My village family in Nathia.
Our faithful bus left the campment (a rural African hotel composed of huts) last Monday afternoon to drop all of us off at our respective villages. We would spend the next 4 days living with a family of an ethnic minority group in a small village surrounding Kedougou. While all of my peers would be living in a village with one or two others, I had learned a few hours earlier that I would be ALONE in a NEW village! (they have never hosted a student before). My village is called Nathia, and the people are of the ethnic minority Peul Bandee. Their language is Pulaar. Part of me was honored to learn this news, but part of me was nervous. The butterflies in my stomach intensified on the bus ride because my village was the farthest away and I was dropped off first! The road to my village was too rugged for the bus, so I had to get out and walk with one of the locals the rest of the way. I said my goodbyes and began to follow this guy into the bush. I looked over my shoulder a few times, happy to see my friends still waving to me from the bus. Then it came to the point when I looked back, and the bus was out of view. Holy shit, I’m in the middle of Africa, walking down a trail with grass up to my chest on either side. I have no idea where I’m going. What’s going to happen??!? I’m not going to see anyone I know for 4 days ahhhhhh. Basically a million questions raced through my mind. A few anxious minutes later, I saw a cluster huts peeking over the grass. Then a pack of children came running toward me, smiles smeared across their faces. They grabbed my hands and dragged me into the compound. I immediately felt welcome and my worries vanished.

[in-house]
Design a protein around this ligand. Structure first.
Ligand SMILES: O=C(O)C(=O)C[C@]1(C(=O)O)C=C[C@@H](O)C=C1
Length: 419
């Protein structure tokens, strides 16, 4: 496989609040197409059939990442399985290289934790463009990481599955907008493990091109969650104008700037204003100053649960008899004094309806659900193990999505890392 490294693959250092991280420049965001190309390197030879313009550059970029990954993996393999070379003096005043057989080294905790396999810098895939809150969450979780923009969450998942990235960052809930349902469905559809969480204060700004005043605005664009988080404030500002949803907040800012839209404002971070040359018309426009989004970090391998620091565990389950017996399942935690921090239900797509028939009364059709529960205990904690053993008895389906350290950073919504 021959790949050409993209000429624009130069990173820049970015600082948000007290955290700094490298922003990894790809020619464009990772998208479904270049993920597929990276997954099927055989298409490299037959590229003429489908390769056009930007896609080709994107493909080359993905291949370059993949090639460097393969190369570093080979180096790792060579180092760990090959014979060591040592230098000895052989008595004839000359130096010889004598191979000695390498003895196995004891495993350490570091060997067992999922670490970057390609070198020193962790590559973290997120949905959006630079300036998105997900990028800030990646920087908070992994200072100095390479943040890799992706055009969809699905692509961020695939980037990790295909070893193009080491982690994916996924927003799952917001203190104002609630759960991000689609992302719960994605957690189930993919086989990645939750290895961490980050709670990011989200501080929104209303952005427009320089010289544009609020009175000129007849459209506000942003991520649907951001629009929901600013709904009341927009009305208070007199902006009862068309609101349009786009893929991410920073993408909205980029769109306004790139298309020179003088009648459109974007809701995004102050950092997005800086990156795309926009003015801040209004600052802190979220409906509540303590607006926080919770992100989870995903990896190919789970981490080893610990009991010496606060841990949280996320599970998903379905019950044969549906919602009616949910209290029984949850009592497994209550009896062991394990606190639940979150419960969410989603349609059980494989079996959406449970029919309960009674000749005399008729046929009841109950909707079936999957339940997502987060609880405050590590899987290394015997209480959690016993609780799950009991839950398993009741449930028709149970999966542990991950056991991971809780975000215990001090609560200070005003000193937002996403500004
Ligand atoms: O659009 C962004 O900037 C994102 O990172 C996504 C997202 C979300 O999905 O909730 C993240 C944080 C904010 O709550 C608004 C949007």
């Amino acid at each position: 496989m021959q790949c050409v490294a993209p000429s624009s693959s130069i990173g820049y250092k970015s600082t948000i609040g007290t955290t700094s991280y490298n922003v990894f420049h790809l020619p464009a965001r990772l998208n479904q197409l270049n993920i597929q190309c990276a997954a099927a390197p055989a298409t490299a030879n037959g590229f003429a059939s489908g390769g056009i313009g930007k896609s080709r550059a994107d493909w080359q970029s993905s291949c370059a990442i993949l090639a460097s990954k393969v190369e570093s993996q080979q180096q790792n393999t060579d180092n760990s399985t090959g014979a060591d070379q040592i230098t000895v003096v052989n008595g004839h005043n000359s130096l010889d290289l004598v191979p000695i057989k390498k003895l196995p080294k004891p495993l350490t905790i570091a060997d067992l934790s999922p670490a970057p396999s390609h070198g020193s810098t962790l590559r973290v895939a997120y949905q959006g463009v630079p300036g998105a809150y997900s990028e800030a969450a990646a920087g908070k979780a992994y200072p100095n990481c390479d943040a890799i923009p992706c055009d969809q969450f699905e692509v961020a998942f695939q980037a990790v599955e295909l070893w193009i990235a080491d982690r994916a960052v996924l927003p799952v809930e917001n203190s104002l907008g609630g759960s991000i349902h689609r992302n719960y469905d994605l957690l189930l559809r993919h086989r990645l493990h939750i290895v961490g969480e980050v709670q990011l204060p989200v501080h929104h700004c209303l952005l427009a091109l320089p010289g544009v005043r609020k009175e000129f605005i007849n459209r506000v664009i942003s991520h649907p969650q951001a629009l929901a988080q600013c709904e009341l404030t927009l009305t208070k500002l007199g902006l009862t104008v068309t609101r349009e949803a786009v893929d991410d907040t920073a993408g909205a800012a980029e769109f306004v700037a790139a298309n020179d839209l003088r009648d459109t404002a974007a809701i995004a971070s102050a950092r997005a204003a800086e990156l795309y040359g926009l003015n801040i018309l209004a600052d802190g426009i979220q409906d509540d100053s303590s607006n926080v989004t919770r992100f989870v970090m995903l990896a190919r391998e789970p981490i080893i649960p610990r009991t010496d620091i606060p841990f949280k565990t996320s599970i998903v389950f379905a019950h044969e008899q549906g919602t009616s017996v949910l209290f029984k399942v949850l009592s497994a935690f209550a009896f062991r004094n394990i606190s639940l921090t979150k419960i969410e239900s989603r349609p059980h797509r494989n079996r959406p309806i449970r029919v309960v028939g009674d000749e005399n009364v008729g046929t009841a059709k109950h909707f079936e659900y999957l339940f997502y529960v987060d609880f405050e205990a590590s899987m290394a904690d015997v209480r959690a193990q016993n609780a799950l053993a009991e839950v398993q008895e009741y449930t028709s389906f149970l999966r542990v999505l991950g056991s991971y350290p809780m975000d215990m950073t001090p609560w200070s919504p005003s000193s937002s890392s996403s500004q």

My host family, the Ba family, is headed by Boubacar Ba: the director of the local school. He lives with his two wives, Maimouna (whom he has 9 children with), and Fanta (whom he has 7 children with). My family lives in a compound of 9 huts removed from the rest of the village. Only 200 people live in Nathia, and my family accounts for 20 of them! Living in a polygamous setting for a few days was a completely new experience, to say the least. Bouba and I had a few discussions about marriage, and while our opinions differ greatly, I have to say having many many hands sure does make light work, and there is LOT of work that has to get done every day in a village. Gathering food for 3 meals a day, retrieving water from the well, cooking, doing laundry in the river, cleaning up, taking care of the young-ins, and the women do it ALL!
I felt very connected to the earth while in the village, because all of the food we ate was harvested right before the meal: the rice, the corn, the gumbo (a vegetable), the spices (like little spicy peppers), the peanuts (I ate more peanuts than I ever thought I could). It was also enjoyable to be away from money for the week. I can now say that I have hearded cows! My family has 27. They go out and graze in the bush all day, and before sundown, we went out acted as any good sheep dog. Condensing them into a group, then guiding them back to the village. At that point, we would drag them by the horns to their posts where we would tie them down by the horns. It was hard, it was impossible not to step in pile of poop after pile of poop, but it was so fun.
Some of the other things I did last week:
Busted a tire en route
climbed a gorgeous mountain!
the view of the mountain range between Senegal and Guinea is phenomenal AND we were up there at sunset!
visited the Dindefelo waterfall. It was breathtaking. I'd say it was over 300 ft tall.
We swam in it too!
This is my host father, Boubacar Ba, with the briefcase. I took this on the walk to his school one day. The other man, with the bike, is the chief of the village. He has been chief for over 30 years.
Here are all (well, some) of my sisters in the peanut fields. Peanuts are a huge source of income in villages. I ate some right from the ground.
My family compound. It's like a living organism.
My host brother Abdul pouring Ataaya tea. It a ritual, the pouring of this tea. The Senegalese drink it every day after lunch, and it is always served in the same 2 little cups.
This is some of us surrounding the biggest baobab tree in Senegal! It is over 300 years old, and it took 23 of us, hand to hand, to reach all the way around it. Pretty cool.